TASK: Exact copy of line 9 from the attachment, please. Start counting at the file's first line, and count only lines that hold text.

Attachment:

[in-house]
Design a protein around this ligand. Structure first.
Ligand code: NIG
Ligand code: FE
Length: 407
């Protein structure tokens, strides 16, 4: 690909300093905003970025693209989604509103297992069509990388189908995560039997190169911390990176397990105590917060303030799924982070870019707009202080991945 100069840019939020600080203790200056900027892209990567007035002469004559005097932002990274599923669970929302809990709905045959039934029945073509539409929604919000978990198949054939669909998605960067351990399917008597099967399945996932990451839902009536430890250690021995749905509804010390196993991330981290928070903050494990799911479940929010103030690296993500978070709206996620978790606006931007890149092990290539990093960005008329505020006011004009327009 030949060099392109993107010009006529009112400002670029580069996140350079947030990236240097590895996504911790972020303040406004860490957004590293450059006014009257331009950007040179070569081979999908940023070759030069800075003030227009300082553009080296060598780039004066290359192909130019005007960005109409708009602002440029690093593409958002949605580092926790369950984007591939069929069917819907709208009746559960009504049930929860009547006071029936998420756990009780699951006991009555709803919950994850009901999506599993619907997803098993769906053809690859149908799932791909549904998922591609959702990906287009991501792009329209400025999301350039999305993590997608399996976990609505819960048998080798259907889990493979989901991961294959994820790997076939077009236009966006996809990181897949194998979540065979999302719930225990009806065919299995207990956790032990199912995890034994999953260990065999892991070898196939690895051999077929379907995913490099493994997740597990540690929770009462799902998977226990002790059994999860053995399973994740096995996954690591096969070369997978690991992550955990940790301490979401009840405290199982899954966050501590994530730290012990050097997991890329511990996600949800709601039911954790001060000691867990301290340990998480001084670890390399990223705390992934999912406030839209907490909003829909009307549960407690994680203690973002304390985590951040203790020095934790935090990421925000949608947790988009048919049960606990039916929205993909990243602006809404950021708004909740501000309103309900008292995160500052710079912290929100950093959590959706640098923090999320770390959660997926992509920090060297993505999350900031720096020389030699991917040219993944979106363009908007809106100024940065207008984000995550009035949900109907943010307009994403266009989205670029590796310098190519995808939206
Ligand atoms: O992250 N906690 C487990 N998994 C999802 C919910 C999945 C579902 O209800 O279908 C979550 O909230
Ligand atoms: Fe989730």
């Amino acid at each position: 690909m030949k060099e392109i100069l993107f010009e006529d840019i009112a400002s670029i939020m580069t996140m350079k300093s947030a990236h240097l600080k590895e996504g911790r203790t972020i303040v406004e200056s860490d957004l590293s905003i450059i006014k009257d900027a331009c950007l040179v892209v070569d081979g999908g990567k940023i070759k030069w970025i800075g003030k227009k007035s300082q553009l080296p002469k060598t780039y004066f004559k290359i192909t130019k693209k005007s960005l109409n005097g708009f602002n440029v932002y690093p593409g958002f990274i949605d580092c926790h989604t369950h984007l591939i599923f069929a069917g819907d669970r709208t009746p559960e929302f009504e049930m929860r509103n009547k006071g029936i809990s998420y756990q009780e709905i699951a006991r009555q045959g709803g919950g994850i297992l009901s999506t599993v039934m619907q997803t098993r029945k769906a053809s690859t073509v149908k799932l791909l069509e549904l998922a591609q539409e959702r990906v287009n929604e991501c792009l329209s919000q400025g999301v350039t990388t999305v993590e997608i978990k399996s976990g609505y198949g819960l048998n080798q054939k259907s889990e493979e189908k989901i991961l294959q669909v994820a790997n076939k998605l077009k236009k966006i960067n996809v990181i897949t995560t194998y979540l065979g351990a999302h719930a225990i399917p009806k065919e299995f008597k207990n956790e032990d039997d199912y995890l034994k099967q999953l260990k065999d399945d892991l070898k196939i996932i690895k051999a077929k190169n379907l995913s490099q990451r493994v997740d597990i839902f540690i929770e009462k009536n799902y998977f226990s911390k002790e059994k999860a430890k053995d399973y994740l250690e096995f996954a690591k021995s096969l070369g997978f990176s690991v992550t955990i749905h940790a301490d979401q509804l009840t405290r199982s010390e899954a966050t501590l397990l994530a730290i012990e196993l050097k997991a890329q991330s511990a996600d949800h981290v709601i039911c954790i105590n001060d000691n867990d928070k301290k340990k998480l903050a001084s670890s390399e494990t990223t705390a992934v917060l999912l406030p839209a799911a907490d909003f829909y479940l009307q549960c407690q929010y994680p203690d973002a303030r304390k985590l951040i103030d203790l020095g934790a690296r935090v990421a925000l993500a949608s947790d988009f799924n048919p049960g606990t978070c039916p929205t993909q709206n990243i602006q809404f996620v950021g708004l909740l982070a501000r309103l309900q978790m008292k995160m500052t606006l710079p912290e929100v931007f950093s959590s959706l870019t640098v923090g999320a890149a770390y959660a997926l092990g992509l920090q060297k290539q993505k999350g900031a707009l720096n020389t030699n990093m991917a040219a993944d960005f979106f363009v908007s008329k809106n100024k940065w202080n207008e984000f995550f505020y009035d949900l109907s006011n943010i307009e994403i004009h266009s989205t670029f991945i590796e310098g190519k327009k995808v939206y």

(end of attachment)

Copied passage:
């Amino acid at each position: 690909m030949k060099e392109i100069l993107f010009e006529d840019i009112a400002s670029i939020m580069t996140m350079k300093s947030a990236h240097l600080k590895e996504g911790r203790t972020i303040v406004e200056s860490d957004l590293s905003i450059i006014k009257d900027a331009c950007l040179v892209v070569d081979g999908g990567k940023i070759k030069w970025i800075g003030k227009k007035s300082q553009l080296p002469k060598t780039y004066f004559k290359i192909t130019k693209k005007s960005l109409n005097g708009f602002n440029v932002y690093p593409g958002f990274i949605d580092c926790h989604t369950h984007l591939i599923f069929a069917g819907d669970r709208t009746p559960e929302f009504e049930m929860r509103n009547k006071g029936i809990s998420y756990q009780e709905i699951a006991r009555q045959g709803g919950g994850i297992l009901s999506t599993v039934m619907q997803t098993r029945k769906a053809s690859t073509v149908k799932l791909l069509e549904l998922a591609q539409e959702r990906v287009n929604e991501c792009l329209s919000q400025g999301v350039t990388t999305v993590e997608i978990k399996s976990g609505y198949g819960l048998n080798q054939k259907s889990e493979e189908k989901i991961l294959q669909v994820a790997n076939k998605l077009k236009k966006i960067n996809v990181i897949t995560t194998y979540l065979g351990a999302h719930a225990i399917p009806k065919e299995f008597k207990n956790e032990d039997d199912y995890l034994k099967q999953l260990k065999d399945d892991l070898k196939i996932i690895k051999a077929k190169n379907l995913s490099q990451r493994v997740d597990i839902f540690i929770e009462k009536n799902y998977f226990s911390k002790e059994k999860a430890k053995d399973y994740l250690e096995f996954a690591k021995s096969l070369g997978f990176s690991v992550t955990i749905h940790a301490d979401q509804l009840t405290r199982s010390e899954a966050t501590l397990l994530a730290i012990e196993l050097k997991a890329q991330s511990a996600d949800h981290v709601i039911c954790i105590n001060d000691n867990d928070k301290k340990k998480l903050a001084s670890s390399e494990t990223t705390a992934v917060l999912l406030p839209a799911a907490d909003f829909y479940l009307q549960c407690q929010y994680p203690d973002a303030r304390k985590l951040i103030d203790l020095g934790a690296r935090v990421a925000l993500a949608s947790d988009f799924n048919p049960g606990t978070c039916p929205t993909q709206n990243i602006q809404f996620v950021g708004l909740l982070a501000r309103l309900q978790m008292k995160m500052t606006l710079p912290e929100v931007f950093s959590s959706l870019t640098v923090g999320a890149a770390y959660a997926l092990g992509l920090q060297k290539q993505k999350g900031a707009l720096n020389t030699n990093m991917a040219a993944d960005f979106f363009v908007s008329k809106n100024k940065w202080n207008e984000f995550f505020y009035d949900l109907s006011n943010i307009e994403i004009h266009s989205t670029f991945i590796e310098g190519k327009k995808v939206y």